Your Education: Sake
Sake is often misunderstood; should it be heated, or served cold? Do we only drink it with sushi? And why use those tiny ceramic cups? Whether you’re a sake-virgin, or you’re looking to impress the guys at those sushi-infused power lunches, Edith Au-Yeung, a sake sommelier or Kikishi from Hong Kong, tells us how to best enjoy Japan’s national tipple
There’s more to sake than meets the eye. One of the first steps in making sake is to mill or ‘polish’ the rice, removing the protein and fatty substances in the outer layers of the grain to reveal the starch. This is calculated in the percentage of rice leftover; for example, the lower the milling rate, the higher the amount of rice that has been milled away, leaving a cleaner, crisper, more elegant spirit. Different from wine fermentation or the distilling of whisky, sake rice is then brewed until the rice starch is broken down into sugar, which then turns into alcohol. But making sake is just the beginning.
A Sake Flight
A horizontal tasting is the only way to have a clear understanding of the polishing process of sake, and why you’re paying more for a bottle with a lower milling rate. Select one sake brewer and taste their available classification in one seating; there are different levels of rice polishing – daiginjo, ginjo, honzojo then junmai daiginjo, and junmai. Tasting them in this order will show the effects of higher polishing, which reveals protein, vitamins, and minerals, leaving the pure starchy centre of the grain. In general, the daiginjo or junmai daiginjo will have a lighter, purer taste while higher milling rate sakes will be bolder.
Know Your Brewer
I always compare sake to pinot noir. Each producer may be using the same varietal of grape from the same year and the result can be wildly different. With sake, using the same strain of rice and the same water, one brewer may produce totally different sake than the one next door. This is because the brewing method will yield completely different styles of sake – from bold and rich, to light, crisp, and fragrant. Some see this as a drawback, but personally, I believe it makes sake interesting and an incentive to always try new brewers.
Know Thy Sake
Kikishi are taught to separate sake into four main taste profiles: aromatic, crisp, bold and aged. Aromatic sake displays a complex palate and a strong nose, ranging from fruity to rice-like, and these sakes benefit from an egg shape glass, like Riedel’s Daiginjo Glass, to highlight the fruity and floral bouquet. Crisp sake is light and refreshing with a simple and subtle aroma. Bold style sake is the most traditional, with a strong taste of umami and an earthy aroma. This style is best served in a wider rimmed glass or ceramic ware to evenly disperse the woody aromas. Aged sake is speciality sake that has a bold palate and an aroma similar to aged whiskey. You may have also heard of sparkling sake, a more recent creation. These mostly follow the champagne fermentation method where the carbon dioxide produced is trapped within the bottle, but the milling rate, and whether it is junmai or not, is irrelevant. Try the four main styles and discover which you like best. Similar to wine, depending on the food you are eating and your experience, your taste preference will change.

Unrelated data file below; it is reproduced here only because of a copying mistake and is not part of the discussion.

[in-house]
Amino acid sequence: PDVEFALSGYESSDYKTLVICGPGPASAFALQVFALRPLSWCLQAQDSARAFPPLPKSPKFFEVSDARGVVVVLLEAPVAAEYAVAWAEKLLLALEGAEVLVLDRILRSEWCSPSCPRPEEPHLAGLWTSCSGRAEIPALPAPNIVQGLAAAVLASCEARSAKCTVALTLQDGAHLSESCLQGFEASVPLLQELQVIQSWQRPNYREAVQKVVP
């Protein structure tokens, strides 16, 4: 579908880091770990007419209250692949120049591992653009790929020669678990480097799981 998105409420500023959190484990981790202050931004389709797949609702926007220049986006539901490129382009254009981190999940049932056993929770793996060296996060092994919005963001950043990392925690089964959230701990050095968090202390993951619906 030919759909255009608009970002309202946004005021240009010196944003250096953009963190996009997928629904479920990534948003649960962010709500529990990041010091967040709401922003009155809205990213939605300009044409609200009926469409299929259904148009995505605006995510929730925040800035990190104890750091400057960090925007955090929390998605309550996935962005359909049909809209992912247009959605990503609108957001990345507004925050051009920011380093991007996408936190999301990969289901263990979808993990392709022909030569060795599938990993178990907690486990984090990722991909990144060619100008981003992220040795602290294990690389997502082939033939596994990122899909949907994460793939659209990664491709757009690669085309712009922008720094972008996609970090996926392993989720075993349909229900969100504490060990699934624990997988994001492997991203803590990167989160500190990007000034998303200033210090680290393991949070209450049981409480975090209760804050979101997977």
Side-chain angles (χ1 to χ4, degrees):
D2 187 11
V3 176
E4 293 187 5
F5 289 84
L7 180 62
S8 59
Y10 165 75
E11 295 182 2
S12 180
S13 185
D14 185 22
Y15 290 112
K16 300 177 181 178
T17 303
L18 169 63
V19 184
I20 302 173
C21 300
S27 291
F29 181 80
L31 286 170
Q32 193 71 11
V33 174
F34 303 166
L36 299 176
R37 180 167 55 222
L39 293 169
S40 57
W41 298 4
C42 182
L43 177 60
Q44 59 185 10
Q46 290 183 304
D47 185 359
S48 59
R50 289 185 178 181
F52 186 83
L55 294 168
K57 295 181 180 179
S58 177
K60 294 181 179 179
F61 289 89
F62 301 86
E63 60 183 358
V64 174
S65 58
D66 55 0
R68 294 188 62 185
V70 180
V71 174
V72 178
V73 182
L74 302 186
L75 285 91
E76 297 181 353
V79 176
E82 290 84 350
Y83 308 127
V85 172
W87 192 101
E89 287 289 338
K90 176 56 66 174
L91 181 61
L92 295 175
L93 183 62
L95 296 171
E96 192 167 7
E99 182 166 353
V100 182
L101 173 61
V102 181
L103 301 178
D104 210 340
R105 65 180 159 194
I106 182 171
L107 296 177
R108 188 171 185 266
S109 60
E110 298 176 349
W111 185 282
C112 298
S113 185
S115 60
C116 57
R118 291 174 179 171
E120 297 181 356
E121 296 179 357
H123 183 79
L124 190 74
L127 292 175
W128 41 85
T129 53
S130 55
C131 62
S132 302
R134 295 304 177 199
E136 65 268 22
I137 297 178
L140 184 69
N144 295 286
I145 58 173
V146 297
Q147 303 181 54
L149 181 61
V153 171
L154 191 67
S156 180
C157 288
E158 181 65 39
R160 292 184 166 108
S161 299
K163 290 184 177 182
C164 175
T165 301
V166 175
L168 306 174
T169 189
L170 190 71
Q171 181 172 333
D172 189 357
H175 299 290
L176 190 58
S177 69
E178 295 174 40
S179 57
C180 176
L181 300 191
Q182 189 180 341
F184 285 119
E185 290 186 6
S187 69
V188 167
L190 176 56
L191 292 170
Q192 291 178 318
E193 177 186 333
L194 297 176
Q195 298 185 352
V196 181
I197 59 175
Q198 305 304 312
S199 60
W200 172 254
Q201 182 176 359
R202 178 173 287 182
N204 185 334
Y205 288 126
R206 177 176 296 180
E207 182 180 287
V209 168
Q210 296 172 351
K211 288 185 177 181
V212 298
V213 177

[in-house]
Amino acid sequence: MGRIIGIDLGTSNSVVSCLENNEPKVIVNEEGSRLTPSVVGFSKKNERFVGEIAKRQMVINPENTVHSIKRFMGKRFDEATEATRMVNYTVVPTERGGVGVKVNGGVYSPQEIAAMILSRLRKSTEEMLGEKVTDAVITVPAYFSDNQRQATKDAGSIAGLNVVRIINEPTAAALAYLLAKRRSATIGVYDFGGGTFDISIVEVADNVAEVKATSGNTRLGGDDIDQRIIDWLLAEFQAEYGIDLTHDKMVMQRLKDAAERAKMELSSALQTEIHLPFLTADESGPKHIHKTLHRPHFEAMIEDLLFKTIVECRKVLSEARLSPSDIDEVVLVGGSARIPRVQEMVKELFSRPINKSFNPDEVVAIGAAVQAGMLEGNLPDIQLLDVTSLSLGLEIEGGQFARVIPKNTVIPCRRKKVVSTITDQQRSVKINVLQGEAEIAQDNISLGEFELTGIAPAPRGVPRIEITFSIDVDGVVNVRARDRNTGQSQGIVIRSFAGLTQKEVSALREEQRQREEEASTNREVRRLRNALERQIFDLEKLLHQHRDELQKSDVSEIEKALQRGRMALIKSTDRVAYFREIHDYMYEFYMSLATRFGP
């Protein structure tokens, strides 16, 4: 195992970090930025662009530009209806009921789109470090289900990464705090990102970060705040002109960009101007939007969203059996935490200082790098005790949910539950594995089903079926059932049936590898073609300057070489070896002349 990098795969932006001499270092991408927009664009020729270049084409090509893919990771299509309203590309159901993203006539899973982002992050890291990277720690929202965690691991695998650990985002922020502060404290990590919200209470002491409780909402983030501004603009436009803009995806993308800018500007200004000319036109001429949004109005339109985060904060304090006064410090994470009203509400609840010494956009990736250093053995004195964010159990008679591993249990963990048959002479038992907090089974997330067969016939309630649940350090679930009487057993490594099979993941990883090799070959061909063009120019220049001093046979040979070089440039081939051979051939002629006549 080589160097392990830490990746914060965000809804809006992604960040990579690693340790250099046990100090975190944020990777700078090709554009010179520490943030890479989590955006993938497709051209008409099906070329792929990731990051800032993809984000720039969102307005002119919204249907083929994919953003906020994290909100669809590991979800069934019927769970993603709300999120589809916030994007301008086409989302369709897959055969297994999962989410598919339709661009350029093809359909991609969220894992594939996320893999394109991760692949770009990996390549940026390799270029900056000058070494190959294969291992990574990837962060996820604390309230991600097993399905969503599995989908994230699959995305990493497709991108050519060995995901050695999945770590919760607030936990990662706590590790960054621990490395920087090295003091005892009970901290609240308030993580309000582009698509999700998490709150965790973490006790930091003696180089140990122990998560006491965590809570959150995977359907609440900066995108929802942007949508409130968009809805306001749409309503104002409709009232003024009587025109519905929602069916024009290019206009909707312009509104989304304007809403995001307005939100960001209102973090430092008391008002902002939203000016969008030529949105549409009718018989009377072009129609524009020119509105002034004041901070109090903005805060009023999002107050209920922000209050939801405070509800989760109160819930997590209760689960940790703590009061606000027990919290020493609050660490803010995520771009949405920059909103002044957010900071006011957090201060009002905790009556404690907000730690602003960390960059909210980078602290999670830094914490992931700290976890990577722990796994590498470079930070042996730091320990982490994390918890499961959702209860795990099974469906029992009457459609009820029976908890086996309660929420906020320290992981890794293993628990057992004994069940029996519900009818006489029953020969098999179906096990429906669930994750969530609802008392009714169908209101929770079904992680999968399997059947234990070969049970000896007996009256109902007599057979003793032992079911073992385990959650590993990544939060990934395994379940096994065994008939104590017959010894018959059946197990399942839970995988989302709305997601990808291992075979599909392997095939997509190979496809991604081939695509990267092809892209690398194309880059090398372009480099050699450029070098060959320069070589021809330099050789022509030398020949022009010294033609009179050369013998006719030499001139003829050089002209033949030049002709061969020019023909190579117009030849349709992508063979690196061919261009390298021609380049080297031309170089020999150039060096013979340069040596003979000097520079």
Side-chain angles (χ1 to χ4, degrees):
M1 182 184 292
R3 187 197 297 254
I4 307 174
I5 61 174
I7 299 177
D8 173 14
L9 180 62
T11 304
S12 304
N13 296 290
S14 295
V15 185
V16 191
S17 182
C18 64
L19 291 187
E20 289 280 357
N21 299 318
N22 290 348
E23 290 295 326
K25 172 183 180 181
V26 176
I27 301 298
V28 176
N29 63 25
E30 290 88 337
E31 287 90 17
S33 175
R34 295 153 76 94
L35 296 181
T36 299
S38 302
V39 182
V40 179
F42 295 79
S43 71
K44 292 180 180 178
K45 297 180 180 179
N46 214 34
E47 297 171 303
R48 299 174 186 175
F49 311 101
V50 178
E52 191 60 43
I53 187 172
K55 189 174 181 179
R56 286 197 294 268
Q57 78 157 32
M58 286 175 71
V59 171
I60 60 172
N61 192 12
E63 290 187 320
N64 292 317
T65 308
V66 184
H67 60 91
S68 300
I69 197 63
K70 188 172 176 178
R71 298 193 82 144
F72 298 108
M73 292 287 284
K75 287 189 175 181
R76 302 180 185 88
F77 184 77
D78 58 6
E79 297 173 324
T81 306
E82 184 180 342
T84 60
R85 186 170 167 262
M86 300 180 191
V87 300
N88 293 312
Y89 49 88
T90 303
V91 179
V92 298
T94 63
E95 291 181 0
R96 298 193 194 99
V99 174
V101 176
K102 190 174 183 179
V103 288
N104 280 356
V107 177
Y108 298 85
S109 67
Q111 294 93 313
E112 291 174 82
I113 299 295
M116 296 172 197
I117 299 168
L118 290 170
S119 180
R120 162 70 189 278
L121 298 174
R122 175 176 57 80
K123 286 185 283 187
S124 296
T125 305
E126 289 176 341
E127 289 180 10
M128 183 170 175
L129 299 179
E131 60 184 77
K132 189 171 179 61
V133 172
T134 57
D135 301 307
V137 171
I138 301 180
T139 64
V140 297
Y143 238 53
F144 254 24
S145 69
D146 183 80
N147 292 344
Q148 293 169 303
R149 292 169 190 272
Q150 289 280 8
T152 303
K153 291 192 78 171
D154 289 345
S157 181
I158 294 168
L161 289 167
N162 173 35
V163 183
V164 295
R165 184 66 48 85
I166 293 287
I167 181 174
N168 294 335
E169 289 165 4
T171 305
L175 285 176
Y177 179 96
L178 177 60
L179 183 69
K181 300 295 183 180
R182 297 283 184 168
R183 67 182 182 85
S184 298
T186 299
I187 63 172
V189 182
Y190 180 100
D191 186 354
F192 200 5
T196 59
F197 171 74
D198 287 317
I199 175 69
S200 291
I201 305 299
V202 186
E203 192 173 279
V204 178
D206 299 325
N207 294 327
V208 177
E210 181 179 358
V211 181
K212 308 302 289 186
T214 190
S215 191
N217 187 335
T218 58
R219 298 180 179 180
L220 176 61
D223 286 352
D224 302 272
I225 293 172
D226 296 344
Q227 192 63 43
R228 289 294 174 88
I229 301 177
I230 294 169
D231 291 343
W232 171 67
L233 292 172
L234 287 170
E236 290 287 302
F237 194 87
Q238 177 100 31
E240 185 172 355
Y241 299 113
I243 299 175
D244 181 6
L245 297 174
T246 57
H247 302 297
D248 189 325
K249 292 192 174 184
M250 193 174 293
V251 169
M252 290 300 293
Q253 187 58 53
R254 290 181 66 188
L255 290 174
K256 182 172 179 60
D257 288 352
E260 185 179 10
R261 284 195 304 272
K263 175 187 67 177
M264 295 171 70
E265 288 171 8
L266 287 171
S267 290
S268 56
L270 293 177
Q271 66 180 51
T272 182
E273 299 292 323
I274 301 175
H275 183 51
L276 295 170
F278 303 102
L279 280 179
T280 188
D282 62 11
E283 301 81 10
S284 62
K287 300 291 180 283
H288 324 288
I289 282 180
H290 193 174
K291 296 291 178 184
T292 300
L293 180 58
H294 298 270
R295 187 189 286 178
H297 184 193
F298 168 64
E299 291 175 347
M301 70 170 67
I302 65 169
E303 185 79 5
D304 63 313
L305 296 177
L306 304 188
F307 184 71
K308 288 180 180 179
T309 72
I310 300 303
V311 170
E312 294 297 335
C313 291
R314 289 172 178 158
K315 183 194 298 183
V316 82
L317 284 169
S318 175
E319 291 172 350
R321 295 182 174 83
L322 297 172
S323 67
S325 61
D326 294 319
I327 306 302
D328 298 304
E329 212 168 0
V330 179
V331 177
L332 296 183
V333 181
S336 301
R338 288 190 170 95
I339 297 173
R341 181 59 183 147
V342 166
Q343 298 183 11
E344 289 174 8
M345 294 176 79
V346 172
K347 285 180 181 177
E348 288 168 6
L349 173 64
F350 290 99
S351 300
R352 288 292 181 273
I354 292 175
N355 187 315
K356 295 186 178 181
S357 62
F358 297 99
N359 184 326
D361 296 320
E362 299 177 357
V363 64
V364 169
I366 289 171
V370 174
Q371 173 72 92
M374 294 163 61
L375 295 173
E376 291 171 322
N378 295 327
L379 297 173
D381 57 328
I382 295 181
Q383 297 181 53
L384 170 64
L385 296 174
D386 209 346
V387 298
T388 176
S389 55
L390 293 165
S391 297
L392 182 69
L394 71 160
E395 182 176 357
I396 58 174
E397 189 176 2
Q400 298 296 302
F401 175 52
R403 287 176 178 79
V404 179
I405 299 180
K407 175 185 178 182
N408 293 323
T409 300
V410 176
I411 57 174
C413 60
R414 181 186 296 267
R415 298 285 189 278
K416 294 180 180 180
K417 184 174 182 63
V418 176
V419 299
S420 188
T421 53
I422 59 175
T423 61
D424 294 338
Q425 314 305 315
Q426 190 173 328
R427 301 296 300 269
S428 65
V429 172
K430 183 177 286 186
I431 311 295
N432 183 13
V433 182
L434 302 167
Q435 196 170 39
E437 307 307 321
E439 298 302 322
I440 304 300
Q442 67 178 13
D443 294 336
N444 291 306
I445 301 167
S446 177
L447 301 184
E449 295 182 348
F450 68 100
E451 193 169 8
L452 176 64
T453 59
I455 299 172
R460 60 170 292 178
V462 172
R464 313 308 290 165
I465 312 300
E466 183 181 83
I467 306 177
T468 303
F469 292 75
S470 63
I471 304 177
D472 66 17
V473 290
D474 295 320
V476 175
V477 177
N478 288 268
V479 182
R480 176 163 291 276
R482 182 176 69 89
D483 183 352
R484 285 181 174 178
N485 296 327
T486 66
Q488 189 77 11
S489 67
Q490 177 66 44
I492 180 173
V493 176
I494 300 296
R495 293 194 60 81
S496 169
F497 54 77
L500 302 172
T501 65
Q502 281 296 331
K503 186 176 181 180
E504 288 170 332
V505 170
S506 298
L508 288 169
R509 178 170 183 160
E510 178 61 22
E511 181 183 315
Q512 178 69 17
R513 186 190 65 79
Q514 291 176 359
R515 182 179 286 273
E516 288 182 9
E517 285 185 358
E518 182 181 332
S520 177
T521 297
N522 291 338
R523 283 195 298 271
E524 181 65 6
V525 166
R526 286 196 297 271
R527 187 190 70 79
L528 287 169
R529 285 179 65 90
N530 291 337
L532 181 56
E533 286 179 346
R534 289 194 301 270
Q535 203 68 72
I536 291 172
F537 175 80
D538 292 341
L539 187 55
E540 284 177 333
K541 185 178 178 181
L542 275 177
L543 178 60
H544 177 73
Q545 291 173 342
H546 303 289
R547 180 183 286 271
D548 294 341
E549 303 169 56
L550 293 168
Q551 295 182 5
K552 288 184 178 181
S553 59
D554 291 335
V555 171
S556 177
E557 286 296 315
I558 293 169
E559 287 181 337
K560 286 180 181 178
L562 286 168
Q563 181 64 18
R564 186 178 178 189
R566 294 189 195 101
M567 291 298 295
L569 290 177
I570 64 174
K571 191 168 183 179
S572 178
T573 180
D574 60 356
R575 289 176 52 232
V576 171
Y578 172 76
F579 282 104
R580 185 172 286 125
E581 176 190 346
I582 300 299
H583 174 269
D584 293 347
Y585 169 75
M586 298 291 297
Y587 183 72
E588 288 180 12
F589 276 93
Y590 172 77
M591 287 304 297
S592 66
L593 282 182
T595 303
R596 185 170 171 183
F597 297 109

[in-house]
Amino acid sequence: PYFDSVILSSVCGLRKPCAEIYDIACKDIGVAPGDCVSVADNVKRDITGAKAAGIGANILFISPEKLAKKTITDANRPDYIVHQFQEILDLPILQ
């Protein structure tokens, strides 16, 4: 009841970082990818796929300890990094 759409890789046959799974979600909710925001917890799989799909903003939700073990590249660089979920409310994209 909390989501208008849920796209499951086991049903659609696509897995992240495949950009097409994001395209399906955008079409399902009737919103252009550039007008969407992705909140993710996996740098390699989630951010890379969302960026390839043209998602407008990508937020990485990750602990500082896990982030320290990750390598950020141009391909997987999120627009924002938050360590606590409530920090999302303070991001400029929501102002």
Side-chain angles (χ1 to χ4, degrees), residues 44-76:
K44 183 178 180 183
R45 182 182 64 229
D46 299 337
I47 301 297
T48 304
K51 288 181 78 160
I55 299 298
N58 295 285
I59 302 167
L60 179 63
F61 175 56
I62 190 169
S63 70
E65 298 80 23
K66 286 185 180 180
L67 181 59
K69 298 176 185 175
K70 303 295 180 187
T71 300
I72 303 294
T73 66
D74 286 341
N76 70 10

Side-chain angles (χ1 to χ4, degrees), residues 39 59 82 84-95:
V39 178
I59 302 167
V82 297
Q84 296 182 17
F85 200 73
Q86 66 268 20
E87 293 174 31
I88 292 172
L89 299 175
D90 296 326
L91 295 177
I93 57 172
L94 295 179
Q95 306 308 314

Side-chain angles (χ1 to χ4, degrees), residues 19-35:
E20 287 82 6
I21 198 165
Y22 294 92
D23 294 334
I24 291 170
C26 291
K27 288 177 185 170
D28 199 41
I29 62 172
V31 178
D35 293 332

Not Just Sushi
Many people associate sake with sushi and other Japanese cuisines, but sake can easily be paired with food. This is because the main taste profile of sake is umami, which is essentially the backbone of all savoury dishes. Sake has no acidity, like white wine does, and lacks tannin, which you find in red wine. These are tastes that don’t go with all ingredients. Sake is a taste amplifier, and wine is a taste profile partner. For example with the classic pairing of a chardonnay/chablis served with raw oysters, the acidity and dryness of the wine cleanses the palate, and the fruitiness complements the richness of the oyster. If you pair oysters with sake, the sake lengthens and amplifies the umami taste of the dish and makes it last longer. Generally, sake showcases ingredients in food much better than wine.
Experiment With Temperature
Sake can be served at a range of temperatures, and it is good fun to discover your own personal preference. I recommend serving sake chilled first and letting it slowly warm up. If you find it getting too sweet, pop the bottle back on ice and experiment for your preferred taste. Conversely, for warm sake, serve at room temperature first to see whether you like it, then slowly warm the liquid and determine your favourite temperature. To keep hot, sake is better served in traditional ceramic ware. However, not all sake can be heated; the word okan “お燗” is written on bottles of sake made for heating. If you warm a sake that is meant to be served cold, it will be sickly sweet and lose all flavour, and if you serve a warm sake cold, the flavours will seize up and the sake will be tight and unbalanced. Just like decanting; the flavours will open up and make it easier to drink.